Massage pain often arises from the therapist working out tight muscles, adhesions, or knots, which, while temporarily uncomfortable, can lead to increased flexibility and relaxation.

Is it normal for my foot to hurt during a foot massage?

Yes, your feet might hurt during a massage if the muscles are very tense or if there's an issue like fasciae problems or inflammation.

What should I do if my massage therapy causes pain?

If you feel pain during your massage therapy, tell your therapist right away so they can adjust their technique. You could use ice or cold therapy after the session for any sore spots.

Are all types of massages supposed to be painful?

No, not all massages are meant to be painful. For example, Swedish massages are often gentle and aimed at helping you relax without much discomfort.

Can sports massages help with injury recovery even though they're painful?

Sports massages may be uncomfortable but they target areas affected by sports injuries like knee issues or ligaments problems to aid in rehabilitation and relief.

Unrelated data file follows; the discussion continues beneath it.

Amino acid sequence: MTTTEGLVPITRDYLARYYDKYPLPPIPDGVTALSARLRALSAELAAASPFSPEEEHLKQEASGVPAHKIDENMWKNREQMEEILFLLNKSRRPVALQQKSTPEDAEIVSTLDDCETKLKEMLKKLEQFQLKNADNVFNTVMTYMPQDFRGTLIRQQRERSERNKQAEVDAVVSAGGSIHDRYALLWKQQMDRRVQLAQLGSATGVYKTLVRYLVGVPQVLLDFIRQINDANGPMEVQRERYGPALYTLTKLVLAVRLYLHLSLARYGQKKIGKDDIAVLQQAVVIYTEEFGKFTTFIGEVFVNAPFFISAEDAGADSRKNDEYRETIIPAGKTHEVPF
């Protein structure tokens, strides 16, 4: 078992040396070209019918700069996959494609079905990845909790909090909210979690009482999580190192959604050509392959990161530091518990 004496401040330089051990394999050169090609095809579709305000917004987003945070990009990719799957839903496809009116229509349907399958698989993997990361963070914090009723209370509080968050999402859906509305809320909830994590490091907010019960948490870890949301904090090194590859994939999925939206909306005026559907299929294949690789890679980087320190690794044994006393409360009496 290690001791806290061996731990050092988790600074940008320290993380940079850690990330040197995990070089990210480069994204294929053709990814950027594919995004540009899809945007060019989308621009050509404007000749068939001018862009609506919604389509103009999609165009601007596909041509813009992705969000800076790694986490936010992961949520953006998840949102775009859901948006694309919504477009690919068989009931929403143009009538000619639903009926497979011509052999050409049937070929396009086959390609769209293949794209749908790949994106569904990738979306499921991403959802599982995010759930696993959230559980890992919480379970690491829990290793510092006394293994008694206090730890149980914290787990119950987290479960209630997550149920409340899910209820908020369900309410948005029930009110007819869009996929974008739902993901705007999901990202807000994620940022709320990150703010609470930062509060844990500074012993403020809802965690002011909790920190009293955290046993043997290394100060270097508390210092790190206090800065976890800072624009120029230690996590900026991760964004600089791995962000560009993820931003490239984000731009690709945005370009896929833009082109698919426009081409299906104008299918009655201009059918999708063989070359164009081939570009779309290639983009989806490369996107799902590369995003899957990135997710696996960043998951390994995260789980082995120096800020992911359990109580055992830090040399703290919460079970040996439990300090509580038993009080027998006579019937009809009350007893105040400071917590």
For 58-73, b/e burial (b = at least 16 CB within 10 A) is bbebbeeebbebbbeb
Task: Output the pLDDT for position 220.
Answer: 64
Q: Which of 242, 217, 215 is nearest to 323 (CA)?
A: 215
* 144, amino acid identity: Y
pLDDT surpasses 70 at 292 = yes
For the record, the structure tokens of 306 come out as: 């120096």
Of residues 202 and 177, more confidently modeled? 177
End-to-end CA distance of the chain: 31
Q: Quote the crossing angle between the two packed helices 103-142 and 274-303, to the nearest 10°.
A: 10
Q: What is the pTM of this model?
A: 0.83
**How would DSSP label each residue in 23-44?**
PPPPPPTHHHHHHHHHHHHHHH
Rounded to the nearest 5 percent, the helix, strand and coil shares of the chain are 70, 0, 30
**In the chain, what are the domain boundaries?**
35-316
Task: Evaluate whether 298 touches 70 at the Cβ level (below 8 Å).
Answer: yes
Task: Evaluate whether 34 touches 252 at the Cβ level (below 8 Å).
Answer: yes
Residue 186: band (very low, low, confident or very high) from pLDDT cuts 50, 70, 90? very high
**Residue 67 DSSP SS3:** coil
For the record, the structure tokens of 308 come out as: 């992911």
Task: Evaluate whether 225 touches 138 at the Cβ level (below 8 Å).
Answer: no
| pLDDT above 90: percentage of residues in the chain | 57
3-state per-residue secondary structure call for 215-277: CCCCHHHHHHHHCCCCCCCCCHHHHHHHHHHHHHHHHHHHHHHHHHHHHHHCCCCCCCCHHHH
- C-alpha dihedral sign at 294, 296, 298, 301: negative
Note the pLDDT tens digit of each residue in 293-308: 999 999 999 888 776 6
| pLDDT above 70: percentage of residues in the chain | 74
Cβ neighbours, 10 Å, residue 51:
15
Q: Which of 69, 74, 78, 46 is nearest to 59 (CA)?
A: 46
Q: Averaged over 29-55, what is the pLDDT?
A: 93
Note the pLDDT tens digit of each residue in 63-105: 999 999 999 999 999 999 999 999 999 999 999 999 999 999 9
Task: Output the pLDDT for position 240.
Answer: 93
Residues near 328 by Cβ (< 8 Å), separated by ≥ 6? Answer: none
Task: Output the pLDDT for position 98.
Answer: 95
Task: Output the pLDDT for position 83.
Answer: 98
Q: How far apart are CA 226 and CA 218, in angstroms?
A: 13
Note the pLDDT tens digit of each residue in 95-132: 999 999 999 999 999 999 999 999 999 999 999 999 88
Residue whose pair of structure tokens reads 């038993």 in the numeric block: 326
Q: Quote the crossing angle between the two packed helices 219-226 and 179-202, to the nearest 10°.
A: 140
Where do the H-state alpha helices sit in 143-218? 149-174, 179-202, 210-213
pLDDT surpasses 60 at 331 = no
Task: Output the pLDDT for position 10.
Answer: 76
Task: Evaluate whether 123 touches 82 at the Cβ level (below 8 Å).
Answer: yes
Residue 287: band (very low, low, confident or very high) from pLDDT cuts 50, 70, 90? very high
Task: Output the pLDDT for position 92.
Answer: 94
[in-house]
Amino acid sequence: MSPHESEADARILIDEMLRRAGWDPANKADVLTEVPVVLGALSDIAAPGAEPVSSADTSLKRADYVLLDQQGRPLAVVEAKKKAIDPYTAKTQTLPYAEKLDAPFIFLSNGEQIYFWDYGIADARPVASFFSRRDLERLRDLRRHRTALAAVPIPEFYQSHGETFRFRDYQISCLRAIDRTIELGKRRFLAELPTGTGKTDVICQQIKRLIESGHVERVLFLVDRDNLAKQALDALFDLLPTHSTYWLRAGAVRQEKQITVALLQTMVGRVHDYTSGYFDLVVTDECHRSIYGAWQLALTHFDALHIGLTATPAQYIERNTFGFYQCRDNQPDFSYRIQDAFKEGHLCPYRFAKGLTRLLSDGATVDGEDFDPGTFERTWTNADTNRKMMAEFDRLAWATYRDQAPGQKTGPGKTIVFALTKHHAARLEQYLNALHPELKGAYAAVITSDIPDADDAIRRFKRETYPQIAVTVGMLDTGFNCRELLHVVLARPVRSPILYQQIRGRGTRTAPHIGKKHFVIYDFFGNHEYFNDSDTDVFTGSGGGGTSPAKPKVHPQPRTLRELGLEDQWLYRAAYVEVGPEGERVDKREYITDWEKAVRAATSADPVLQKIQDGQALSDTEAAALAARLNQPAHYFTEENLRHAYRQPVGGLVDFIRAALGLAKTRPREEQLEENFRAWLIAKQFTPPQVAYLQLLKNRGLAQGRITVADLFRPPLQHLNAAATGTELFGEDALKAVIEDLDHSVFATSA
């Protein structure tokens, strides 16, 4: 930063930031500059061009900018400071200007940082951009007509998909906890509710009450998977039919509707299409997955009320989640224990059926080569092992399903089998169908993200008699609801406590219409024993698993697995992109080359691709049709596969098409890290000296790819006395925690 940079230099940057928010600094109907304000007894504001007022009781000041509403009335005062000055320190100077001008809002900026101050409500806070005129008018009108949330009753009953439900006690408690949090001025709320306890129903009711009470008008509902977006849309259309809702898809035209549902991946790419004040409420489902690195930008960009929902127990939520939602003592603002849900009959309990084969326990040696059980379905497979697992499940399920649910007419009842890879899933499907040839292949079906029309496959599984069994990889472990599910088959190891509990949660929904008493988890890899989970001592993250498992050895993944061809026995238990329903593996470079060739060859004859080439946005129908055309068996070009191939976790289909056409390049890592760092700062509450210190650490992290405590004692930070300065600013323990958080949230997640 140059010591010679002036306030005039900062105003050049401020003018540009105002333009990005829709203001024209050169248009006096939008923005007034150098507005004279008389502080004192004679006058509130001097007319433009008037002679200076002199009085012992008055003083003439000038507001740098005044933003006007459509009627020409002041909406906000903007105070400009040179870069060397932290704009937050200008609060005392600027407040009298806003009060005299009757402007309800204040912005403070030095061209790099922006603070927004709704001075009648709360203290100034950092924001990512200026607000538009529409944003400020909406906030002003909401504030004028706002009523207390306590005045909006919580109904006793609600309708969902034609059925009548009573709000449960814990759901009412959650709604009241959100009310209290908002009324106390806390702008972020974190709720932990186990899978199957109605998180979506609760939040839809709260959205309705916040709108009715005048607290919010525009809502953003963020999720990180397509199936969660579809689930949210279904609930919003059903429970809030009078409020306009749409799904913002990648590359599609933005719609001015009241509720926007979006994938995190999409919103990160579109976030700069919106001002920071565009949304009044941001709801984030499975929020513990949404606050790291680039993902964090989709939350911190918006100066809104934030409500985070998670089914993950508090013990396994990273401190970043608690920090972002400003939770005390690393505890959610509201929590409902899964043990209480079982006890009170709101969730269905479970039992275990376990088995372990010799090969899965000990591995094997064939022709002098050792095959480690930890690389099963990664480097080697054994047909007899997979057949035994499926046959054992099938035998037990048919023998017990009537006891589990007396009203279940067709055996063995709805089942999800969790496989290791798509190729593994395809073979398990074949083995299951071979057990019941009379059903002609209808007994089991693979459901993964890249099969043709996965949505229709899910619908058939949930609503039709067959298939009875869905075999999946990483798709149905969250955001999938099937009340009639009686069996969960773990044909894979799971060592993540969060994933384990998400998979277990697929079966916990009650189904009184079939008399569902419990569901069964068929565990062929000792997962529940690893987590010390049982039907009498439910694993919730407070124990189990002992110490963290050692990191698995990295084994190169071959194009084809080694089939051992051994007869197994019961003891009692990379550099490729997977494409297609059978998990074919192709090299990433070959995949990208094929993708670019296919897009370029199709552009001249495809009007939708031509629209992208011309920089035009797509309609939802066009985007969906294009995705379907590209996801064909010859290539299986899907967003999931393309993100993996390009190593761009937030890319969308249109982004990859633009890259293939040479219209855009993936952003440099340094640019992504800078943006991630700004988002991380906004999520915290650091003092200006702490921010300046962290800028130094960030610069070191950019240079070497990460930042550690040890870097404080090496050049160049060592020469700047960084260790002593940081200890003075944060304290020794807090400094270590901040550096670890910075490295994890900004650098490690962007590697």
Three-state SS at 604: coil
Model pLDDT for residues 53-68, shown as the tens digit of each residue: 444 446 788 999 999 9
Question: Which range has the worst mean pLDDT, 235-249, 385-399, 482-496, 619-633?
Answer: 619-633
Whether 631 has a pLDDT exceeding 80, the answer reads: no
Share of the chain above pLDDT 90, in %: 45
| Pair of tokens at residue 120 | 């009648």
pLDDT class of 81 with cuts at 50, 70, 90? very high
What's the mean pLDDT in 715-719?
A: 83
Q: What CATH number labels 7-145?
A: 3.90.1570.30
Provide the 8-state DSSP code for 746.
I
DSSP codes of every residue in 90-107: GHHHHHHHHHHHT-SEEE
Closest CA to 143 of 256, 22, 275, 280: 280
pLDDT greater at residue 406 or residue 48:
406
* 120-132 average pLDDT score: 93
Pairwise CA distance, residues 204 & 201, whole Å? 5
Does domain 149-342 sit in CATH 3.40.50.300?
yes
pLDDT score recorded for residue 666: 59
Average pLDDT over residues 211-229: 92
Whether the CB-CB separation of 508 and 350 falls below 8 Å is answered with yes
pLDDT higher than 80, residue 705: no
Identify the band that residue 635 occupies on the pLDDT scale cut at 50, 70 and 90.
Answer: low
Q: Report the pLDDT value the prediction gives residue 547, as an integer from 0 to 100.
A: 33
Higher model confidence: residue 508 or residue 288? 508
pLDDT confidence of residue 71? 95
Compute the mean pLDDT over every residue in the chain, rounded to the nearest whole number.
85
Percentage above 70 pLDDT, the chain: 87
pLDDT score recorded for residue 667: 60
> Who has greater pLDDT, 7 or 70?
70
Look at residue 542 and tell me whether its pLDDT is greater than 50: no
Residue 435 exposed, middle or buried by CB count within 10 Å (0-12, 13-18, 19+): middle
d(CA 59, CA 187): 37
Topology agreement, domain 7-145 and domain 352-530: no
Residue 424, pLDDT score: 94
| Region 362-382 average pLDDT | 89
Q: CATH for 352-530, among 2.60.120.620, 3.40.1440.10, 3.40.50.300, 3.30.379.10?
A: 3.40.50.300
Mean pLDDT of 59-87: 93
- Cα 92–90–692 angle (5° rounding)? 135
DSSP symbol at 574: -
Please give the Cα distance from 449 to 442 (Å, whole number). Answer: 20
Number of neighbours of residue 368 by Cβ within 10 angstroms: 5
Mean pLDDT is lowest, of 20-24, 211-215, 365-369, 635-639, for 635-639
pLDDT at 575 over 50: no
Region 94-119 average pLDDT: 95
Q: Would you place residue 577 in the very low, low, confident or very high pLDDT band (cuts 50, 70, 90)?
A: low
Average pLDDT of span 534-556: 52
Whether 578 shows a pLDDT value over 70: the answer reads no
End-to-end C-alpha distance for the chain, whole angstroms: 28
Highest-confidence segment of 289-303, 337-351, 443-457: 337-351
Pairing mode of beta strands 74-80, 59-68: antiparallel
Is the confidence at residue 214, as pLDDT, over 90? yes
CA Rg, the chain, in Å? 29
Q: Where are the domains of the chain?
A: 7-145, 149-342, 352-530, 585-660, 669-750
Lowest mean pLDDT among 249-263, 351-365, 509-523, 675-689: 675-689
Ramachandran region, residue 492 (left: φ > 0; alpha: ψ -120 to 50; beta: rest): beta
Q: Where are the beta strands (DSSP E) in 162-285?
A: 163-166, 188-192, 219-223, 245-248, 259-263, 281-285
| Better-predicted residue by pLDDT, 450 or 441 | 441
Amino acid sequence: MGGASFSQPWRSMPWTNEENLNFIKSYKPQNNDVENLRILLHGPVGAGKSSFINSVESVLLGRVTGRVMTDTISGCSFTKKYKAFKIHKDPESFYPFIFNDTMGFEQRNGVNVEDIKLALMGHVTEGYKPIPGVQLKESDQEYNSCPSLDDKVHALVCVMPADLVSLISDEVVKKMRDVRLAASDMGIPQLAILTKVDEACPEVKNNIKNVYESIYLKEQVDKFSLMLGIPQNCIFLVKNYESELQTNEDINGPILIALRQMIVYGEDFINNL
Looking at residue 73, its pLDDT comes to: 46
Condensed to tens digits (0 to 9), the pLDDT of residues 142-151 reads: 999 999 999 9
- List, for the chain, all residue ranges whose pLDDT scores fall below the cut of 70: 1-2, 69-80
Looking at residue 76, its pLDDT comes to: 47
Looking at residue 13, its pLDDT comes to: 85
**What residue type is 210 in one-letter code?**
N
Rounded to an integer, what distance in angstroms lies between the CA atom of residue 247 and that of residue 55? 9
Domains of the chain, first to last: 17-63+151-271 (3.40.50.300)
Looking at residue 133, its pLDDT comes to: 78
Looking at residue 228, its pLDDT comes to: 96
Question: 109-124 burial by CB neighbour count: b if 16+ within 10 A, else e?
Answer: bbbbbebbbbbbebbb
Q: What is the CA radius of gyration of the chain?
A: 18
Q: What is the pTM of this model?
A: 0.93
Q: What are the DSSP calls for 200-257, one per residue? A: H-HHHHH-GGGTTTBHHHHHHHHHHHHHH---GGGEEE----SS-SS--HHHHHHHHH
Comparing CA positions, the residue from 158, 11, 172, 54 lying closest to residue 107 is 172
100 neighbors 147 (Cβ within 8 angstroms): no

Is there something I can apply after a painful therapeutic massage for more comfort?

After a therapeutic massage that causes some discomfort, you might want topical treatment such as an ointment for pain relief or try relaxation techniques like mindfulness exercises.


Now that we've answered the question "why do massages hurt?" you should have a much better understanding.

Massages can hurt because they reach deep into your muscles. This helps break up knots and heal sore spots.

It's normal to feel some pain when your therapist works on areas with lots of tension or injury.

After the massage, you might feel better and move easier.

If it hurts too much, always tell your therapist so they can help you in the best way.

Previous article What Is Lomi Lomi Massage?
Next article What is Asian Massage?


We do not provide medical advice. The content of this article, including text, graphics, and other material, is for informational purposes only. It is not intended to be a substitute for professional medical advice, diagnosis, or treatment. Always seek the advice of your physician or other qualified health provider with any questions you may have regarding a health condition. Never disregard professional medical advice or delay in seeking it because of something you have read in this article.

Compare products

{"one"=>"Select 2 or 3 items to compare", "other"=>"{{ count }} of 3 items selected"}

Select first item to compare

Select second item to compare

Select third item to compare